MARSHFIELD, Wis. — Farms can be a dangerous place with hazardous materials and equipment.
If first responders aren't familiar with where those hazards are on a farm, it can make fires and emergencies on the farm even more dangerous.
Two years ago, Kevin Heeg's corn dryer caught fire in the middle of the night near Marshfield, Wis.
Heeg said it was scary, but at first he held back and let the firefighters work. After a few minute it became clear none of the dozens of firefighters there knew how the corn dryer worked.
“It felt like eternity, but I'm sure it was only a couple of minutes and then I dove in and just started emptying the dryer,” Heeg said.
With Heeg rapidly pulling out the corn, the departments caught on and were able to put the fire out. Heeg said he understands how the situation could have happened.
“I don't blame anybody because unless you work with it every day you don't have a clue,” Heeg said.
However, firefighters there that night recognized the situation as a serious problem.
“These incidents are low frequency, but they're highly dangerous,” said Jerry Minor, the Pittsville fire chief.
Minor said the experience sparked an idea to do trainings on how to handle farm equipment like corn dryers.
“This is something we have to fix, it's not the farmers problem, it's our problem, we have to learn how to handle these things,” Minor said.
The National Farm Medicine Center based in Marshfield, Wisconsin has developed a program called RF-DASH, which aims to train firefighters on farm fires.
RF-DASH is in its fifth year. Before the program started, the National Farm Medicine Center did research about who farmers trusted and would take safety advice from. First on the list was other farmers, then family, then firefighters.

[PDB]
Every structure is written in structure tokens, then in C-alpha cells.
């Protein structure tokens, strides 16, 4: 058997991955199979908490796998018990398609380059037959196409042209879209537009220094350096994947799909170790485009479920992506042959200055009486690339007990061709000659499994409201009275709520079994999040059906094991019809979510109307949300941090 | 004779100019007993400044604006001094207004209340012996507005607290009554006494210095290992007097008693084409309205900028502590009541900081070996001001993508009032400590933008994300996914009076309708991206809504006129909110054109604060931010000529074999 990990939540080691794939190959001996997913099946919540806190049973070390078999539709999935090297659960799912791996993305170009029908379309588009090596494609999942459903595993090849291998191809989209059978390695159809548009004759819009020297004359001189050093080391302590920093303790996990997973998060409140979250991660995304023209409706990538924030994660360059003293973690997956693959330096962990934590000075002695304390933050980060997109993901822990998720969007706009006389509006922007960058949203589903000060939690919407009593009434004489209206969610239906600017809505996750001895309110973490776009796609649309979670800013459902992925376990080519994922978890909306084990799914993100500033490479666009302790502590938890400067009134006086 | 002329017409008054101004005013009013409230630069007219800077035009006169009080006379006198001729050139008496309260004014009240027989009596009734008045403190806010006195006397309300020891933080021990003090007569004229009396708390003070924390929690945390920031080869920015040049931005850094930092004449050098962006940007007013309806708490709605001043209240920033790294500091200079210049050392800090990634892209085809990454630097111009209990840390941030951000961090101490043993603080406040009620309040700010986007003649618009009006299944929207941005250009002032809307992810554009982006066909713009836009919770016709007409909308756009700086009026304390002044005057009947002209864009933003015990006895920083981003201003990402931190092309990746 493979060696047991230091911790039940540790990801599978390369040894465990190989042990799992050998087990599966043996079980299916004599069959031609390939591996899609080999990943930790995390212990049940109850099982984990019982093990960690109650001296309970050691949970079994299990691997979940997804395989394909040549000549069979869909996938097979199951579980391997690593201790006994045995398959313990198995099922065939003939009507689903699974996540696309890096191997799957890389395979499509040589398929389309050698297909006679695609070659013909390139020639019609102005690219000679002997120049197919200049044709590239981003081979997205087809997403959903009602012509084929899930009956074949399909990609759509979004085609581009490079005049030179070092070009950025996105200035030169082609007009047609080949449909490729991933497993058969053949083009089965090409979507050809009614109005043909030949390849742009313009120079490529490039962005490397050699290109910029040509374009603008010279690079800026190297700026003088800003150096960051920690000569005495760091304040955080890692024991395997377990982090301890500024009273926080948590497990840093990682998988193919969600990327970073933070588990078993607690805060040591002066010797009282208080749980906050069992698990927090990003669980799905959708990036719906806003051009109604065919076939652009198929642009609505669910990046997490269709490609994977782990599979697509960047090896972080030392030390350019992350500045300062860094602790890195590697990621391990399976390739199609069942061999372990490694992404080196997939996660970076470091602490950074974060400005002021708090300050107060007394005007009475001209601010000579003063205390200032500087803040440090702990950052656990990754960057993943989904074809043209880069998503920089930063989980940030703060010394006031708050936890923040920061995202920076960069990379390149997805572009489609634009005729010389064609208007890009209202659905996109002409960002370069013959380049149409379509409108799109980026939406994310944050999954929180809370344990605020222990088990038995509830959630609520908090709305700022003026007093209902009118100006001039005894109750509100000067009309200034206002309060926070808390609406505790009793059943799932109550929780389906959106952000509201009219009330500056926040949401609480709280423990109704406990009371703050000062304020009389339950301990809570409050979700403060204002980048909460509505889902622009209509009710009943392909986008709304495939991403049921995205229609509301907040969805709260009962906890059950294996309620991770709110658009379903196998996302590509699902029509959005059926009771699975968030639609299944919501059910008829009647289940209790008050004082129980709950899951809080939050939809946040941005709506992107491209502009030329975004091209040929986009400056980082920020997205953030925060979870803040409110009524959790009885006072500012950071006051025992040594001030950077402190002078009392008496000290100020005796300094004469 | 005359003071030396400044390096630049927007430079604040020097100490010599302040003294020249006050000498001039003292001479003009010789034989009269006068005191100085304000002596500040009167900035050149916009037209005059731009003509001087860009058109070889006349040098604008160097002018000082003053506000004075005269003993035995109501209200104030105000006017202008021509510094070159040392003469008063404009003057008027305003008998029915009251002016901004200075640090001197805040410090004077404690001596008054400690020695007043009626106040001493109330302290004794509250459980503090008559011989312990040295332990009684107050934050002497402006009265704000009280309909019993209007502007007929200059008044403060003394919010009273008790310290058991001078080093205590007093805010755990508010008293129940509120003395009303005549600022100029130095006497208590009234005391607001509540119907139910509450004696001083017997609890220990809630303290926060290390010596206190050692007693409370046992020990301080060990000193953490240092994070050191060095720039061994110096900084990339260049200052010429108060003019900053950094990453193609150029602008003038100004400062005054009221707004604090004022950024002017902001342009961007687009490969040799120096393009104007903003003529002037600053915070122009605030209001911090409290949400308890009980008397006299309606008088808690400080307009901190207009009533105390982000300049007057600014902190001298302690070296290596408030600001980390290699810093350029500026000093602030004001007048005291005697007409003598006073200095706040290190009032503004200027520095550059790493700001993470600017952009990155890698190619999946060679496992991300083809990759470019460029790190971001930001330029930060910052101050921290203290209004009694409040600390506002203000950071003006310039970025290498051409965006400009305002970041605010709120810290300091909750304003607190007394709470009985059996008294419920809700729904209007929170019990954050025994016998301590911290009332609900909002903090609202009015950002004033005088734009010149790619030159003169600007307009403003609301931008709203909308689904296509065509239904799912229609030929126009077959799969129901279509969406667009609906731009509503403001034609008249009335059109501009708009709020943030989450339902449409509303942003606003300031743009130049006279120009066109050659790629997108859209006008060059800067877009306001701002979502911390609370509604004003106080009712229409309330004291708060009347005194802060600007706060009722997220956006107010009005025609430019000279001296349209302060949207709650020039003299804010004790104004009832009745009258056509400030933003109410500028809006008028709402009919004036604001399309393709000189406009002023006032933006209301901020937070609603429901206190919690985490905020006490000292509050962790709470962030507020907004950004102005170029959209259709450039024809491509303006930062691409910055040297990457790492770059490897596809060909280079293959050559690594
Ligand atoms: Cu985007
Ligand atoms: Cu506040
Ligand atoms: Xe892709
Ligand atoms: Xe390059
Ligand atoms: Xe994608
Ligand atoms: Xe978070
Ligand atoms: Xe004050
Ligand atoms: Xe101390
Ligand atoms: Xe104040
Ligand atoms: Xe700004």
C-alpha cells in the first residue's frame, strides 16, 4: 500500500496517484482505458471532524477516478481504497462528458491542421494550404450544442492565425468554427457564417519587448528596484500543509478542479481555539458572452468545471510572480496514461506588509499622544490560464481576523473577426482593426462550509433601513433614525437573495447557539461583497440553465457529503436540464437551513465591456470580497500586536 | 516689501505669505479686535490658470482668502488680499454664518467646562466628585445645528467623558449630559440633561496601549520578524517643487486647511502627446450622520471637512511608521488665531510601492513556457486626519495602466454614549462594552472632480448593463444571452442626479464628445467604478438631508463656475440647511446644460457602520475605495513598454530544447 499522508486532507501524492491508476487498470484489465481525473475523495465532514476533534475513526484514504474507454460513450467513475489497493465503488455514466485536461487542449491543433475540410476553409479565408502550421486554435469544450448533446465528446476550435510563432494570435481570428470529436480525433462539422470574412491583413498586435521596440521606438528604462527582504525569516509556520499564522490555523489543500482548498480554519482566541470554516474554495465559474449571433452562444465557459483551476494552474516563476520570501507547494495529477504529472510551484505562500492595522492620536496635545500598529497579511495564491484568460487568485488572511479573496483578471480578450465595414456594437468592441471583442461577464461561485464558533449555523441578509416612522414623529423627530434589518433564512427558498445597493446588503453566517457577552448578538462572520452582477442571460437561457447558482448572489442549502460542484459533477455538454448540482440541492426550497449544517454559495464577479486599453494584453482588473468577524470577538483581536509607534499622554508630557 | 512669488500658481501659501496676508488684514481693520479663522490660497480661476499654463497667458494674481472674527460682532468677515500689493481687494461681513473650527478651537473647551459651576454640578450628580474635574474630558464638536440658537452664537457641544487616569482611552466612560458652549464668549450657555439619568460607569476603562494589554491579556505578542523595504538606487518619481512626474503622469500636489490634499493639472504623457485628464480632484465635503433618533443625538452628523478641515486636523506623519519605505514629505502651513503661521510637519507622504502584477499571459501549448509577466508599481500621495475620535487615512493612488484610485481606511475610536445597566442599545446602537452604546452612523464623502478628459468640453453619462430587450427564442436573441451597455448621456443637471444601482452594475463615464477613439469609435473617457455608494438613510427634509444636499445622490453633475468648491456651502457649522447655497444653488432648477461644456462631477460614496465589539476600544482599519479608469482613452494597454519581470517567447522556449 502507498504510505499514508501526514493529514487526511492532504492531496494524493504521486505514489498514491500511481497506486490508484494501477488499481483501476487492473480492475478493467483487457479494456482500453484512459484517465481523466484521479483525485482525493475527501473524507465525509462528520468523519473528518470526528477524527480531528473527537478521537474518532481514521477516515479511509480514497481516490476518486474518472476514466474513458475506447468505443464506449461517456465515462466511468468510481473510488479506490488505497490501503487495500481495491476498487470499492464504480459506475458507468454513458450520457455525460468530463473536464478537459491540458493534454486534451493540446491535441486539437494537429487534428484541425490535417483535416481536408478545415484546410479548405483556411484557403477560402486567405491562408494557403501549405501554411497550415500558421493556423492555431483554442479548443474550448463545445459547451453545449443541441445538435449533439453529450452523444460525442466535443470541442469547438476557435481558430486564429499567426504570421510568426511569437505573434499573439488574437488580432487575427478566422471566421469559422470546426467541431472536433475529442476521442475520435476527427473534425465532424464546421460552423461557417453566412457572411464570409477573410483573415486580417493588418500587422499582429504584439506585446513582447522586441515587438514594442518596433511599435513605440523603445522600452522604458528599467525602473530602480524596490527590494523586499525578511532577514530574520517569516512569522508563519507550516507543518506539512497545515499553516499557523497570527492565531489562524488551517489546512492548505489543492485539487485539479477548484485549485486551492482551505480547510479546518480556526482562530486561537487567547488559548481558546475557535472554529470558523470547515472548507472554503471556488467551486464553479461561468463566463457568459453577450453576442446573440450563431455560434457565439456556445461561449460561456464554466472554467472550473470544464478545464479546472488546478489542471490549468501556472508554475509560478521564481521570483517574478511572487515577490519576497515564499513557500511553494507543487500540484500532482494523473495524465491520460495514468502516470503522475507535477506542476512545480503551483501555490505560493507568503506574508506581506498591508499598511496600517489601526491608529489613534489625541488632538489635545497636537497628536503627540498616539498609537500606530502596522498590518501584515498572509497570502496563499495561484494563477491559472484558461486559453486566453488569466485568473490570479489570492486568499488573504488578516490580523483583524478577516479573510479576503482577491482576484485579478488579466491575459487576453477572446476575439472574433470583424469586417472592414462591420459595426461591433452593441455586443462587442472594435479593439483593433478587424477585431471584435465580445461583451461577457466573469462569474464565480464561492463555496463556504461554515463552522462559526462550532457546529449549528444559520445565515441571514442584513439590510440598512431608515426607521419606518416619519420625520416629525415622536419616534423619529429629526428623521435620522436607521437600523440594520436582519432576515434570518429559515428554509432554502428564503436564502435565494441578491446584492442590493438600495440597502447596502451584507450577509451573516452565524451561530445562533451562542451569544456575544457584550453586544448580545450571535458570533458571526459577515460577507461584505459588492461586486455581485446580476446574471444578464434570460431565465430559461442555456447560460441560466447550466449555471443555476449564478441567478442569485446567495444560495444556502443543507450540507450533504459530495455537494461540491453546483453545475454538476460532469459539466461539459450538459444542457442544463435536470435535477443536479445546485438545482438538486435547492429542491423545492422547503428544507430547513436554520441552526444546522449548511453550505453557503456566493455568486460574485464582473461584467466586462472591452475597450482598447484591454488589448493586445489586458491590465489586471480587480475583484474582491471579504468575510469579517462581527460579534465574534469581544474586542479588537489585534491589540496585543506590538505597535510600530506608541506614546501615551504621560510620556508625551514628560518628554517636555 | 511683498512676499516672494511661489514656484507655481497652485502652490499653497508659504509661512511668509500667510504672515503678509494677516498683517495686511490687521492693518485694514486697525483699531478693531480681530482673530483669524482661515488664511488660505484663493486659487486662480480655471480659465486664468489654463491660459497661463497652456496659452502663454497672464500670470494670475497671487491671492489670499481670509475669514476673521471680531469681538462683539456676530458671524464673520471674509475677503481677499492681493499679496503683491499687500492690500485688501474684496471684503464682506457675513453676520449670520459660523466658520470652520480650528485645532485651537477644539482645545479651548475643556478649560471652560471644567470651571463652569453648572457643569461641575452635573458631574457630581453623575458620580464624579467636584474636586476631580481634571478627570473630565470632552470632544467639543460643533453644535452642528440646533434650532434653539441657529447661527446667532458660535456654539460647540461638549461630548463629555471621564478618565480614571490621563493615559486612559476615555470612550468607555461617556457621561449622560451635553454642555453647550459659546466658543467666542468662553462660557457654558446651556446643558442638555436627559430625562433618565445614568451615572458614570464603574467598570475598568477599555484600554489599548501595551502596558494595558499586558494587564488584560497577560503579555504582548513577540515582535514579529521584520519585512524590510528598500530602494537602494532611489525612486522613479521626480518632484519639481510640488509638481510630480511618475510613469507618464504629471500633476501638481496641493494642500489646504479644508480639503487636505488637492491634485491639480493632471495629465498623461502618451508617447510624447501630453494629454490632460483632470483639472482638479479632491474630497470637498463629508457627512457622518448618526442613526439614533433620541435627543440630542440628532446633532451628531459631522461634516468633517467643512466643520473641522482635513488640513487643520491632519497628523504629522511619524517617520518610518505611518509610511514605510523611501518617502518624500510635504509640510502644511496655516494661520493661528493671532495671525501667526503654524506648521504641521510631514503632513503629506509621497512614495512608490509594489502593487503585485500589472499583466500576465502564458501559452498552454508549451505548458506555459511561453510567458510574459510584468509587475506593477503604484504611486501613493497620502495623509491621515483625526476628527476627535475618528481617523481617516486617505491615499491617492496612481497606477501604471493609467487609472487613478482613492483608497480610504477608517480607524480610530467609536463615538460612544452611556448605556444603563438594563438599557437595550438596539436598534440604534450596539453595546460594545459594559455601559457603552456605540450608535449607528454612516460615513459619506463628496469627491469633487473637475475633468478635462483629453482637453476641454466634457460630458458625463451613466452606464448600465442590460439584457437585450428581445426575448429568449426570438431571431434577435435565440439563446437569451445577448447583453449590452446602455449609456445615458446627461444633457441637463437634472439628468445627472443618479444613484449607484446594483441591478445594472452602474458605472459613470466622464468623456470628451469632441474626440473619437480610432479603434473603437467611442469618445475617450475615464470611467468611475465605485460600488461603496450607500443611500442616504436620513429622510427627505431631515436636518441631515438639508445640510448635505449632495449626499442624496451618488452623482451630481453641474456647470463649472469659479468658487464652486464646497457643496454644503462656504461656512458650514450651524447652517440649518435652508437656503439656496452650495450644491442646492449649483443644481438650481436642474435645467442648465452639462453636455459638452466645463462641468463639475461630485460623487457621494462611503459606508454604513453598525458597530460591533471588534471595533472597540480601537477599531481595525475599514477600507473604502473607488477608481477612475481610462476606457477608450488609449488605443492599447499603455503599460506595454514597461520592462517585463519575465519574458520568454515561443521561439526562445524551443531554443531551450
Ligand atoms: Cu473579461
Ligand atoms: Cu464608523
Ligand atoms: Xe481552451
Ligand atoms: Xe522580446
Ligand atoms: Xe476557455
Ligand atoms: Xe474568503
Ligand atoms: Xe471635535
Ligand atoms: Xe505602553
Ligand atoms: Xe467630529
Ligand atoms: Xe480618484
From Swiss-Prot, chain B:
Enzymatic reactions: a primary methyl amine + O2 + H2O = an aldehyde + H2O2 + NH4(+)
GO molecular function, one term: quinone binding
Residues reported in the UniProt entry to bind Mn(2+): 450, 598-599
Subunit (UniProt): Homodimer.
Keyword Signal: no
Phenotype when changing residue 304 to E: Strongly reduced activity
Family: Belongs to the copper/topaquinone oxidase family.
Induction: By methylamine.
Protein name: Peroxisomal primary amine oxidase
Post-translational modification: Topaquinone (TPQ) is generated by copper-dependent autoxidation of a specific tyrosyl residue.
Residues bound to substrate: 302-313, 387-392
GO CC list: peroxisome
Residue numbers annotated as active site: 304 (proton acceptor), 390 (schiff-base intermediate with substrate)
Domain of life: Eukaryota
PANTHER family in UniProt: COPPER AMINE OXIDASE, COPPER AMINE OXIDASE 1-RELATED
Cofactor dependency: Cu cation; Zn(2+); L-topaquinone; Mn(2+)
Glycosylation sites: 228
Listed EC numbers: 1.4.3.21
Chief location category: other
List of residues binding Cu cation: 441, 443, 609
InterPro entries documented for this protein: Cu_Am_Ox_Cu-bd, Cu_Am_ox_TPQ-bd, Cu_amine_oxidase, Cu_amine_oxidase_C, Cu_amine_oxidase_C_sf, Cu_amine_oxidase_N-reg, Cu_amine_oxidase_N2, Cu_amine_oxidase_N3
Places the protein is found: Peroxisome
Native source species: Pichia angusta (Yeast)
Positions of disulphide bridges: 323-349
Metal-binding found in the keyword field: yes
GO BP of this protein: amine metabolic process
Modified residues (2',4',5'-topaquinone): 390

“Right at the top was firefighters and kind of a bulb went off in our head,” said Casper Bendixsen, director of the National Farm Medicine Center.
So the program, which includes courses and field training, has trained about 80 people in Wisconsin. The National Farm Medicine Center has had requests for the material and trainings from departments in several other states, like New York, Nebraska, and Idaho.
“So they're taking that and embracing that as a part of what they do for their community,” Bendixsen said.
Agriculture as an industry is dependent on acceptance of safety. The Occupational Safety and Health Administration (OSHA) doesn't have authority to inspect farms according to the National Farm Health Medicine Center.
“Farms are very unique, every single one is different,” said Kyle Coshalek , a research coordinator with the program for the Farm Center.
Coshalek said a decade or two ago rural departments would have had plenty of farmers on staff.
“Today that's not so much the case anymore, firefighters, the newer ones today, don't have as much of an agriculture background,” Coshalek said.
The program also supports something called Farm Mapper, where farmers can map their farm online for things like fuel hazards, livestock, and energy sources.
“Basically allows first emergency responders to go out there with a pre-plan understanding of what they're going to get into in case an emergency would occur,” Coshalek said.
This program uses the trust farmers have for firefighters to create a safer emergency response.
“Together we develop a plan that makes it safer for everyone that has to respond,” Minor said.
Minor coordinates several training days with firefighters on local farms. He brings firefighters to Heeg's farm to learn about the corn dryer. Something Heeg said he's happy to do.
“At least maybe now they can be safer and be a little bit better prepared going into it if it ever happens again,” Heeg said.